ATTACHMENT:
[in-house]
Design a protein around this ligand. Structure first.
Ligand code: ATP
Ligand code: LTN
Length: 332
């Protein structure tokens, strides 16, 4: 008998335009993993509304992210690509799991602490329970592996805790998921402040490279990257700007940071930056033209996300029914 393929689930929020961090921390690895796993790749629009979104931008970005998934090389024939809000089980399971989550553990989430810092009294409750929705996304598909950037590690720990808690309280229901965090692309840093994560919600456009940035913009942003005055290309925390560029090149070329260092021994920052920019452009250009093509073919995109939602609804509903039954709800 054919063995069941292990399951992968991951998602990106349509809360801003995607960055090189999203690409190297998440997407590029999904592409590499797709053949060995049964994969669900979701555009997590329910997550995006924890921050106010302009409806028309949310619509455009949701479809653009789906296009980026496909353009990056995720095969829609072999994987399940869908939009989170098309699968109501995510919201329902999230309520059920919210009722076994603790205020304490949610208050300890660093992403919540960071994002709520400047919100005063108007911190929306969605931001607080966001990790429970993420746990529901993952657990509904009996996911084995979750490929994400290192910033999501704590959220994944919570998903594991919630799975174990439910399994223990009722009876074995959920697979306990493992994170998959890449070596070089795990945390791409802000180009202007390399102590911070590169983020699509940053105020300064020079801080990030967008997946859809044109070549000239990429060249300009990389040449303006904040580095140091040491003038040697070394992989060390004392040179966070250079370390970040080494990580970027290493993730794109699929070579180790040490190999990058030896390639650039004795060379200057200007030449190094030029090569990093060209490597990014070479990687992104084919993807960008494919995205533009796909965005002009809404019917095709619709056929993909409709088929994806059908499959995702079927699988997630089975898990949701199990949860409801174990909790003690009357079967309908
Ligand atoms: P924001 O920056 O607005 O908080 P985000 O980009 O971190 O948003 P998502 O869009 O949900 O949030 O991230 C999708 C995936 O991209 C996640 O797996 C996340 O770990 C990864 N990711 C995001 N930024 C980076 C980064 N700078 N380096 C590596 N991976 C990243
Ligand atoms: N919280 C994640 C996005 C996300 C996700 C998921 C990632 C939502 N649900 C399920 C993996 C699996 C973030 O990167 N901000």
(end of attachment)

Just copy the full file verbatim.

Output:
[in-house]
Design a protein around this ligand. Structure first.
Ligand code: ATP
Ligand code: LTN
Length: 332
């Protein structure tokens, strides 16, 4: 008998335009993993509304992210690509799991602490329970592996805790998921402040490279990257700007940071930056033209996300029914 393929689930929020961090921390690895796993790749629009979104931008970005998934090389024939809000089980399971989550553990989430810092009294409750929705996304598909950037590690720990808690309280229901965090692309840093994560919600456009940035913009942003005055290309925390560029090149070329260092021994920052920019452009250009093509073919995109939602609804509903039954709800 054919063995069941292990399951992968991951998602990106349509809360801003995607960055090189999203690409190297998440997407590029999904592409590499797709053949060995049964994969669900979701555009997590329910997550995006924890921050106010302009409806028309949310619509455009949701479809653009789906296009980026496909353009990056995720095969829609072999994987399940869908939009989170098309699968109501995510919201329902999230309520059920919210009722076994603790205020304490949610208050300890660093992403919540960071994002709520400047919100005063108007911190929306969605931001607080966001990790429970993420746990529901993952657990509904009996996911084995979750490929994400290192910033999501704590959220994944919570998903594991919630799975174990439910399994223990009722009876074995959920697979306990493992994170998959890449070596070089795990945390791409802000180009202007390399102590911070590169983020699509940053105020300064020079801080990030967008997946859809044109070549000239990429060249300009990389040449303006904040580095140091040491003038040697070394992989060390004392040179966070250079370390970040080494990580970027290493993730794109699929070579180790040490190999990058030896390639650039004795060379200057200007030449190094030029090569990093060209490597990014070479990687992104084919993807960008494919995205533009796909965005002009809404019917095709619709056929993909409709088929994806059908499959995702079927699988997630089975898990949701199990949860409801174990909790003690009357079967309908
Ligand atoms: P924001 O920056 O607005 O908080 P985000 O980009 O971190 O948003 P998502 O869009 O949900 O949030 O991230 C999708 C995936 O991209 C996640 O797996 C996340 O770990 C990864 N990711 C995001 N930024 C980076 C980064 N700078 N380096 C590596 N991976 C990243
Ligand atoms: N919280 C994640 C996005 C996300 C996700 C998921 C990632 C939502 N649900 C399920 C993996 C699996 C973030 O990167 N901000």